There is a certain unyielding rigidity in steel pens which prevents them from being universally preferred to the goose quill. . . . For [this reason] many are disinclined to use them.  The gold pen, when properly made, approaches more nearly to the qualities which have for so long a time made the goose quill the favorite as a medium of writing.  But even the best of the gold pens are by many deemed inferior to the quill, and this prejudice, or partiality, induced the manufacture of [slip] pens from quills by machinery, which were used in the same way the steel or gold pen is used, by being fastened in a holder.  Some years ago the manufacture of these quill [slip] pens was extensively prosecuted in Taunton and Boston, Mass.  They never, however, won their way to public favor.
 An article about goose quills in the December 1875 issue of Manufacturer And Builder, with the typical dismissive attitude toward all writing instruments, reports on “the making of such insignificant kinds of objects”.  It also attests to the fact that, “England especially consumes incredible quantities of this kind of pen”.  And so, the word “nib” languished in the US along with the quill slip nibs that were the source of this usage in the English language.
        Gold is an ideal substance for nibs because of its high resistance to corrosion, but it is much too soft to be used alone.  By itself, it wears away far too easily, so the only solution is to tip the gold nib with a hard substance.  Around 1804, William Hyde Wollaston and Smithson Tennant discovered the four related platinoid elements, palladium, rhodium, iridium, and osmium.  Their researches led to the discovery of an extremely hard alloy of rhodium and tin that was useful for pen points.  Bryan Donkin received his 1808 British patent no. 3,118 for a nib composed of two separate strips of gold or silver tipped with this rhodium alloy.  Wollaston made a silver nib of the two-strip type tipped with the rhodium alloy around 1822, and T. C. Robinson employed this alloy to make gold nibs on Wollaston’s pattern around 1823 or 1824.  William P. Doughty made ruby-tipped gold nibs in about 1822, and John Isaac Hawkins and Sampson Mordan got their British patent no. 4,742 to make ruby-tipped nibs in 1822.  By 1827, Mordan was advertising that he was selling “gold, silver, steel, rhodium, and ruby” nibs.  But the best solution was that of Hawkins.  As early as 1804, he was trying to find a hard material to solder to the tips of gold nibs.  In 1833, he heard of Wollaston’s researches, and he began to experiment with an alloy of iridium and osmium known as osmiridium, or iridosmine, which Wollaston and Tennant also discovered at the same time as the rhodium-alloy discovery.  Earlier, Robinson also had known of this alloy, although he rejected it as too hard to work with, but Hawkins saw this property of durability as exactly what was needed.  In 1834, he finally made his first successful gold nibs tipped with just a tiny kiss of iridium, thus making him the second “his nibs”.  Hawkins sold his business and the nib-making process to Aaron Cleveland in 1836, who passed the nib-making skills on to his brother-in-law, Simeon Hyde of New York.  Hyde taught the process to his partner Francis Mordan in England, and his workmen George Barney and Levi Brown in New York.  After Brown started up his own business, he in turn passed the skill on to his workman John Foley.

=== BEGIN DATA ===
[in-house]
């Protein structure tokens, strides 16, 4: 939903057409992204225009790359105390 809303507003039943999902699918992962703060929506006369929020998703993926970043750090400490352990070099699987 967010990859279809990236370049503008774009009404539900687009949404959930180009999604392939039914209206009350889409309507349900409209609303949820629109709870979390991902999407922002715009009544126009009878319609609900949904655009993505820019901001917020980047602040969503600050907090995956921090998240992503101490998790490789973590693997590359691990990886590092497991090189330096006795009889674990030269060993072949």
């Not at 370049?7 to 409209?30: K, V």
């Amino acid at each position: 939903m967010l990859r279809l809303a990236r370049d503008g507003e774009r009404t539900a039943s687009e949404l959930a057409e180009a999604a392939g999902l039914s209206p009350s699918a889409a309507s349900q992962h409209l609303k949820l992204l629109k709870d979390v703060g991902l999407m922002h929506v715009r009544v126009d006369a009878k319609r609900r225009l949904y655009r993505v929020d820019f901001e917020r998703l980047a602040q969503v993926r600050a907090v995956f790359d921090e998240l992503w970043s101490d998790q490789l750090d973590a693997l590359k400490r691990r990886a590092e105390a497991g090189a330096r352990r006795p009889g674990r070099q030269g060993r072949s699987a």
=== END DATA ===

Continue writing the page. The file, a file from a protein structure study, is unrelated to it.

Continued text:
By the 1840s, the skill had spread around the world.  Gold nibs with iridium tips were being made by Mordan in England, Benoît Mallat in France, and Levi Brown in Detroit, but it was in New York that the making of iridium-pointed gold nibs was most successful.  By 1849 there were fifteen manufacturers of such nibs in the United States, mostly in New York.  Sci. Am. reported on September 4, 1852 that, “New York is the headquarters of the manufacture [of gold nibs], and there are now perhaps no less than forty makers in this city”.   The list later included such names as Bagley, Craytey, Morton, Foley, Mabie, Todd & Bard, Holland, Hicks, Aikin-Lambert, and Fairchild.  At first, steel nibs could be used in fountain pens, but soon the gold nib caught on universally.  By the last few decades of the 1800s, the gold nib was used in almost all fountain pens, although the steel nib was still used commercially in dip pens well into the middle of the 1900s.